The web site allows the use of the bibliographical services of the BIBP. Some 29, 000 records, from about 350 journals, can be searched. The database can be searched only in French. By way of French, however, all the records can be searched. A new edition of various indexes is planned for the summer of 1999. This BIBP service is free for the time being.

  • Images of Suffolk Churches, by Dave Postles.
    To date, there are about 20 images of Dennington church, but without commentary so far. The 20 images include parclose screens, painted dado, pyx cover, box pews and benches. He intends to put up images of about five other churches and also vernacular architecture.

  • The Centre d'Etudes des textes Medievaux of the University of Rennes
    Contents include on-line French medieval texts: Chretien de Troyes' Erec et Enide; some mysteries from the Ste Genevieve Ms, and the Sainte Venice edited by G. Runnals; the volucrary of Jean de Cuba's Jardin de Sante; information about French medieval studies: links with French medieval texts.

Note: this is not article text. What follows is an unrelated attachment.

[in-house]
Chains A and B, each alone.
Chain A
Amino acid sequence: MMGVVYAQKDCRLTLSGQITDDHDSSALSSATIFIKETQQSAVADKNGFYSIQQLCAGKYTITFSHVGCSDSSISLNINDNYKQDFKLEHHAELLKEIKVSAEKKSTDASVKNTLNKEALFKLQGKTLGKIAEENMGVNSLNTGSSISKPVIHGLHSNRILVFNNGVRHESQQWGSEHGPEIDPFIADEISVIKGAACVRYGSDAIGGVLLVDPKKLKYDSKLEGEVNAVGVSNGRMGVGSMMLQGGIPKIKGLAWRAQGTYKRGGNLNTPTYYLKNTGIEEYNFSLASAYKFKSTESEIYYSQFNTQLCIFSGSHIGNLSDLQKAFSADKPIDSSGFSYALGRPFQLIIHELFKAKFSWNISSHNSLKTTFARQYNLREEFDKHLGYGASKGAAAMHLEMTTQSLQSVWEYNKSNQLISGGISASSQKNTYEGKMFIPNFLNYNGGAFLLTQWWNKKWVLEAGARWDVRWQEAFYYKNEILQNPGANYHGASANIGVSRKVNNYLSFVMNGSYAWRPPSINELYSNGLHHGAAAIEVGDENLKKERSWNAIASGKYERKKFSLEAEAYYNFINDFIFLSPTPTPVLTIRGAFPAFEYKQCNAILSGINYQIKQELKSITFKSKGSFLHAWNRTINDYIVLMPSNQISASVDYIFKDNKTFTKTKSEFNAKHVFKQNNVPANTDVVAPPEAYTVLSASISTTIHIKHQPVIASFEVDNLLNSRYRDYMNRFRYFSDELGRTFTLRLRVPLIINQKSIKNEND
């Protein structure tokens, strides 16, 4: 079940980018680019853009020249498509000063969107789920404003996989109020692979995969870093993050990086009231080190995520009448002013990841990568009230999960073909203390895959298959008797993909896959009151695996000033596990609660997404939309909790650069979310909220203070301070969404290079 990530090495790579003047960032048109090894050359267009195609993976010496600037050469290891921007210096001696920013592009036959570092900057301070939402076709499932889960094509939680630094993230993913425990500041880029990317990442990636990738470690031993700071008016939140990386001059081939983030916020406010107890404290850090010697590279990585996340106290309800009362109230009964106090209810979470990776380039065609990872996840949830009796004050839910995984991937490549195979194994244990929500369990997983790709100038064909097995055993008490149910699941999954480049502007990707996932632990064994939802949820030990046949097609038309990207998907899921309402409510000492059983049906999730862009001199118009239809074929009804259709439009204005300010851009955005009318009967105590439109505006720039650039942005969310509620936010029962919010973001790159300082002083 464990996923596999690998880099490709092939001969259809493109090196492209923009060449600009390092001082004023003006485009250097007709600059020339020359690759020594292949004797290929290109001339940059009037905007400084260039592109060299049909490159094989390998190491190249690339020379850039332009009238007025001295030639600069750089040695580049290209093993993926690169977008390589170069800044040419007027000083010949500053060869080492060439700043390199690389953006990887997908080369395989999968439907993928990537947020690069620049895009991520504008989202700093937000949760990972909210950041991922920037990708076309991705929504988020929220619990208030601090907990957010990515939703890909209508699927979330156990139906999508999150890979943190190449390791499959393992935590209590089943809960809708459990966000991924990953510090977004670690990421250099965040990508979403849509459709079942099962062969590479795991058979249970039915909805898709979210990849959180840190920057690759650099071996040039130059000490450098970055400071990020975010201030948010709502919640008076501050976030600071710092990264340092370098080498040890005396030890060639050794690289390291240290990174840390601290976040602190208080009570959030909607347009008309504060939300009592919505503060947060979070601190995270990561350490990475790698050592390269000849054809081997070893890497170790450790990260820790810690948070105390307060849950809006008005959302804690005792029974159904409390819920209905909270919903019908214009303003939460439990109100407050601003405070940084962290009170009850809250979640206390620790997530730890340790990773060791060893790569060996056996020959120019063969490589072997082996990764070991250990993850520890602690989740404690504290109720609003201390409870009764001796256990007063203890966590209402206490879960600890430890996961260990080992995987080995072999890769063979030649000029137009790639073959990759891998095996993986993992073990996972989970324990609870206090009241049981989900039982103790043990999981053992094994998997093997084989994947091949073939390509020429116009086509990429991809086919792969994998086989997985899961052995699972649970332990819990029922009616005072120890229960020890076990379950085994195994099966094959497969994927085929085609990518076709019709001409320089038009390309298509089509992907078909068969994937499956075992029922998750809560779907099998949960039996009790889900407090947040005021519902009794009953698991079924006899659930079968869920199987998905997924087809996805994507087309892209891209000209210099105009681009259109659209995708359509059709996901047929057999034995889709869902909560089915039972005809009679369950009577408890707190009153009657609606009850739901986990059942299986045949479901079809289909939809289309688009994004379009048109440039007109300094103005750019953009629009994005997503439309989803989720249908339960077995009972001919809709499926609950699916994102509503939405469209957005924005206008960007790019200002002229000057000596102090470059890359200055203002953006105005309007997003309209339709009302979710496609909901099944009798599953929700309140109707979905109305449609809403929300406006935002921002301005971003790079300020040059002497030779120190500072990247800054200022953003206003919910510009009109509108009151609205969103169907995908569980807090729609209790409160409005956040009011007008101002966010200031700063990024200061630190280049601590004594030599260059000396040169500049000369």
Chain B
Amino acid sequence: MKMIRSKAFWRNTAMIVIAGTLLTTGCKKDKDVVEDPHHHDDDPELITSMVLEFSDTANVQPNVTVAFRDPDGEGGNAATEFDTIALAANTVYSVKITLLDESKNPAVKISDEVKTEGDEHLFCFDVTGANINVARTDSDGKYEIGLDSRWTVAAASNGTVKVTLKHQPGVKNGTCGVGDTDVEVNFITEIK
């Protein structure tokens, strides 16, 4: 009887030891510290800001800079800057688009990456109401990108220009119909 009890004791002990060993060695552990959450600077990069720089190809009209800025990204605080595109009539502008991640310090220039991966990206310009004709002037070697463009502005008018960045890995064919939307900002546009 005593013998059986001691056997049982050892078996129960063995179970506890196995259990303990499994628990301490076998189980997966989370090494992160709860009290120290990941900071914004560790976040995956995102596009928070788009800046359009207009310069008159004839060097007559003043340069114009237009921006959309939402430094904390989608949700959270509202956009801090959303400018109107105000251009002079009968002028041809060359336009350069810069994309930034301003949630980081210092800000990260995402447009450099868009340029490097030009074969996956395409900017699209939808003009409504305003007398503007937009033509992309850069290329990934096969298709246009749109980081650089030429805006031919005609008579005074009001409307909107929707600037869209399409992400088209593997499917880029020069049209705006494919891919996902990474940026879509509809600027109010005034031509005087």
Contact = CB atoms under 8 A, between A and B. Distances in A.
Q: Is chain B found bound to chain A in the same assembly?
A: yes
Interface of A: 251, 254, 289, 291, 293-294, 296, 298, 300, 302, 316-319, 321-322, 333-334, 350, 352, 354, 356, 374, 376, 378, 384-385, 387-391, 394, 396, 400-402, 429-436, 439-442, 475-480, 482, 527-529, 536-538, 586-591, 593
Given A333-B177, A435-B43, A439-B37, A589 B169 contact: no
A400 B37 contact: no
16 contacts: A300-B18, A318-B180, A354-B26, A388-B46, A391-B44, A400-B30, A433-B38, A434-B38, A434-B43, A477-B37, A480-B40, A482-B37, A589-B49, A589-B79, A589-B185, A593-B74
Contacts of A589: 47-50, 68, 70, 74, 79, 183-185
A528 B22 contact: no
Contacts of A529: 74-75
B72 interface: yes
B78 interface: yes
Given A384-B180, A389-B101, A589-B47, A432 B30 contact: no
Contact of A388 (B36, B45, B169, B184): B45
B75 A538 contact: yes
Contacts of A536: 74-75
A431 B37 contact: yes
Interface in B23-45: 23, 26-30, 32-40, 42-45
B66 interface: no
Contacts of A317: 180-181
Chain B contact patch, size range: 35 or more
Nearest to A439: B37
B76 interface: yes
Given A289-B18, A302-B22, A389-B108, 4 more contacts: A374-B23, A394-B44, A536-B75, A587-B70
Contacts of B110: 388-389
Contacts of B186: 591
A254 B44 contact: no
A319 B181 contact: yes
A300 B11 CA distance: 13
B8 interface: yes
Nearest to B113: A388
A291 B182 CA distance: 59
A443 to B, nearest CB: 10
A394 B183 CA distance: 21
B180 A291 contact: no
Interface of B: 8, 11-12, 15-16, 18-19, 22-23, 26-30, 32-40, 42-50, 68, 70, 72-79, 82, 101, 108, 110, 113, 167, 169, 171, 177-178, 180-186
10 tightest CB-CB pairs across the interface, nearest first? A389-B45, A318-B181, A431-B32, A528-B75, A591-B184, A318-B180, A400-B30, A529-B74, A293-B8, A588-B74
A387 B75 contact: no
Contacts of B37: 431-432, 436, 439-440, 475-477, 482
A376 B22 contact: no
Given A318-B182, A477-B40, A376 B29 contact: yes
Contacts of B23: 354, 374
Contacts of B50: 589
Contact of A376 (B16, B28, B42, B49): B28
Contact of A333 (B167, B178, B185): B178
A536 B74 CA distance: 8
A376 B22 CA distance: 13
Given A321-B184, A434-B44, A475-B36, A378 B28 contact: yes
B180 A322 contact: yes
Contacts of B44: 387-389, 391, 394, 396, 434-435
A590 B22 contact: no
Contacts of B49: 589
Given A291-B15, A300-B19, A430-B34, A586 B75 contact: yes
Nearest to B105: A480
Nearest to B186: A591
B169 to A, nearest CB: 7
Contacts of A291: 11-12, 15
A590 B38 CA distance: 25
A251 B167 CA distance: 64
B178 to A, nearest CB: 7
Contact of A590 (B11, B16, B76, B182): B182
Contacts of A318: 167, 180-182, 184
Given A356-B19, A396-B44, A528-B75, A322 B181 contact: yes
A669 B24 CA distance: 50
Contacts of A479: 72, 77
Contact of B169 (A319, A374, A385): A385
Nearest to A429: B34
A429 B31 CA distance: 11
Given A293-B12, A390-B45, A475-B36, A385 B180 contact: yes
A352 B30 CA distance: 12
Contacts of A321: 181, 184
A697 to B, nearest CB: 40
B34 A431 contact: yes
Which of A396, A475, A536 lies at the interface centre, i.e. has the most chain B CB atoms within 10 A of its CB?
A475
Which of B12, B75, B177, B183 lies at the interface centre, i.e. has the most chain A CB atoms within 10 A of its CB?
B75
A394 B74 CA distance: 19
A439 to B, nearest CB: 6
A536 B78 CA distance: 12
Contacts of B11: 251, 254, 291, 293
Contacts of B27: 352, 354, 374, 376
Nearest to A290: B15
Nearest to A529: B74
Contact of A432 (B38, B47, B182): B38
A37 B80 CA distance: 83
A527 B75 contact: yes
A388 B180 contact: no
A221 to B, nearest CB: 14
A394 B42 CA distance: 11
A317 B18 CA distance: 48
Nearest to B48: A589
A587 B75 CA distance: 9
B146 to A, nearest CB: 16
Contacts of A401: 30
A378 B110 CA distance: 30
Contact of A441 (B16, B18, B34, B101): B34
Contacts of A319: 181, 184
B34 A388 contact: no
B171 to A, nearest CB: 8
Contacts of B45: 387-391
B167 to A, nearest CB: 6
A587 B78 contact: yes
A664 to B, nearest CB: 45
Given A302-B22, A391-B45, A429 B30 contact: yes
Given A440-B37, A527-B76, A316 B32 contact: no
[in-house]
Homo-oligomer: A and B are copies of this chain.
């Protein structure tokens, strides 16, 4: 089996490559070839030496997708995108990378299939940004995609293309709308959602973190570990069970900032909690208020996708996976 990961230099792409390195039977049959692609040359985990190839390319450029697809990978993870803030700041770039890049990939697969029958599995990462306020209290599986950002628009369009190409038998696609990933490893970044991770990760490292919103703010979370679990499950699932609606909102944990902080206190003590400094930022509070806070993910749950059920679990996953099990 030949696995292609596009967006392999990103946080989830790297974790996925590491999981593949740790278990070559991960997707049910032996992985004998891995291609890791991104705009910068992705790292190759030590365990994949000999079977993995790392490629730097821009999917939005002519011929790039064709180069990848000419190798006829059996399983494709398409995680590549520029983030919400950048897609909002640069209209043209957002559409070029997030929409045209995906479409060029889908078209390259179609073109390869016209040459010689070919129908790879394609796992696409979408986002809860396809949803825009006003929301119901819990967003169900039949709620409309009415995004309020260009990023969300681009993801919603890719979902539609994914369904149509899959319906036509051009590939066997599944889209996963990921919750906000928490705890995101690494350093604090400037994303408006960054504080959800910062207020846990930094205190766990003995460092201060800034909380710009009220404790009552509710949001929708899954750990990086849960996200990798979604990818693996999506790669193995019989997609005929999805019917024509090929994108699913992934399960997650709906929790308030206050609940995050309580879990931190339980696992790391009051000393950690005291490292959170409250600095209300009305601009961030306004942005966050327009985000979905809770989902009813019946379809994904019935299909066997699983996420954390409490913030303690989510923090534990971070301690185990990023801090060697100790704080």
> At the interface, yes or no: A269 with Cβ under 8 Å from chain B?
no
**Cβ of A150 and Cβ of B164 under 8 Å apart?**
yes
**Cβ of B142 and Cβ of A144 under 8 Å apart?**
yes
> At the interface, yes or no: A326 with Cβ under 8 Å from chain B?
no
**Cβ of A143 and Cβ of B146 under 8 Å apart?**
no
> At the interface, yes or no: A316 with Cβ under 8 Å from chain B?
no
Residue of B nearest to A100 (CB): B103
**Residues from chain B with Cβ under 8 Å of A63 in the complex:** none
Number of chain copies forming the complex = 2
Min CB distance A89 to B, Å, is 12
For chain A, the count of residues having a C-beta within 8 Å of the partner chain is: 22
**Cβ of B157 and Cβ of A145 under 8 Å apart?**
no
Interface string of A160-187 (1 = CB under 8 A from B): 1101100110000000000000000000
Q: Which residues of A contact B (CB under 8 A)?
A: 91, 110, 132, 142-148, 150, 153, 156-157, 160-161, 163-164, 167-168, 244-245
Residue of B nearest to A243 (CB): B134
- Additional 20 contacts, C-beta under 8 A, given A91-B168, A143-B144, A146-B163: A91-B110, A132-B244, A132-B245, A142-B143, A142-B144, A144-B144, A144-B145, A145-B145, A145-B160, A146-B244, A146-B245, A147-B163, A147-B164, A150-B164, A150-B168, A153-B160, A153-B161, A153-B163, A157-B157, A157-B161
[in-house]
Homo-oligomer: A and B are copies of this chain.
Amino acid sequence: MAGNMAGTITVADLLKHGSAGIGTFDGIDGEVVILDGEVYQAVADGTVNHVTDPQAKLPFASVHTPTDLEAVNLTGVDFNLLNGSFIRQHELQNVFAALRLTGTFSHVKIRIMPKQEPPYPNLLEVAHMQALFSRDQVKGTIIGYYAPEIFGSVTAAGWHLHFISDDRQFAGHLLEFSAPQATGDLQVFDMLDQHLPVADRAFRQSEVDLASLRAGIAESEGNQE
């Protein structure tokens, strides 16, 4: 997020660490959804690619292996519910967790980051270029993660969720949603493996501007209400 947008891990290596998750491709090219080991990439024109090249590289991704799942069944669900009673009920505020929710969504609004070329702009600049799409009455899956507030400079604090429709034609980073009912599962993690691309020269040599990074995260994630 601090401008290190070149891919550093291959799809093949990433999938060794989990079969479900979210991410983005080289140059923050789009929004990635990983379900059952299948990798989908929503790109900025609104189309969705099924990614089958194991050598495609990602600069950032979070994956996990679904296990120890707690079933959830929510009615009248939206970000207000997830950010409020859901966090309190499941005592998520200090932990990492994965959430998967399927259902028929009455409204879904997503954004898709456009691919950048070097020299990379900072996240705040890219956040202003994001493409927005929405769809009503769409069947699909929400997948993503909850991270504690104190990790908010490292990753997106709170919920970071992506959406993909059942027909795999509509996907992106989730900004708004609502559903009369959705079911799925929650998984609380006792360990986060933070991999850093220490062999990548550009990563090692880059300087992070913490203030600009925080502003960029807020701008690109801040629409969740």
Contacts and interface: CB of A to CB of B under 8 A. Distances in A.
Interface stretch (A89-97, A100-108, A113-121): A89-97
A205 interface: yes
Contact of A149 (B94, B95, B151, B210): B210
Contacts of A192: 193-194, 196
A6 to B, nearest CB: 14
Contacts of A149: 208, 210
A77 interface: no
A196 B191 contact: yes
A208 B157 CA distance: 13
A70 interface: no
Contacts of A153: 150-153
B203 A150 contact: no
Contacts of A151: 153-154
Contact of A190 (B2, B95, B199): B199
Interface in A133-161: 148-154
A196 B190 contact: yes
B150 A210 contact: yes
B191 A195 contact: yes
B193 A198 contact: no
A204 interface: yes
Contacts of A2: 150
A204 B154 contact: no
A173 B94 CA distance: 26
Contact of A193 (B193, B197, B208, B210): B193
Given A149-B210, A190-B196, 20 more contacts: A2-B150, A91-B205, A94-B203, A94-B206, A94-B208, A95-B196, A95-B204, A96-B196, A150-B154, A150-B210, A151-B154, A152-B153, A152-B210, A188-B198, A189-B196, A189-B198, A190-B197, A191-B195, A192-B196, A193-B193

• Medieval Art in Pisa
    A long list of links to works of art, churches and historical data about the extraordinary artistic heritage of the town of Pisa. In Italian.

  • French Medieval Literature
    This is the most promising and important crossroads and starting point for French medieval literature on the net. No fancy programming, just leads to a variety of editions, commentary, recaption history, etc. The selection (over 200 texts) is adequate to feed an entire university program (certainly more than you will find on a standard cover-the-century MA or PhD reading list).

  • The Digital Scriptorium
    This is a pilot project organized by the Columbia's Rare Book & Manuscript Library and UC Berkeley's Bancroft Library, with support from the Andrew W. Mellon Foundation, aimed at the creation of a visual union catalog of medieval manuscripts. The test database includes, as of February 4, 1999, descriptions of 2169 medieval codices or documents (cut-off date ca. 1550, but with some materials as late as the 19th century) from the Union Theological Seminary, six libraries at Columbia and Barnard College, and three at Berkeley, with a total of 5865 images from those manuscripts. The oldest MSS catalogued date from the 9th century.

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The contents of ORB are copyright © 1995-1999 Laura V. Blanchard and Carolyn Schriber except as otherwise indicated herein.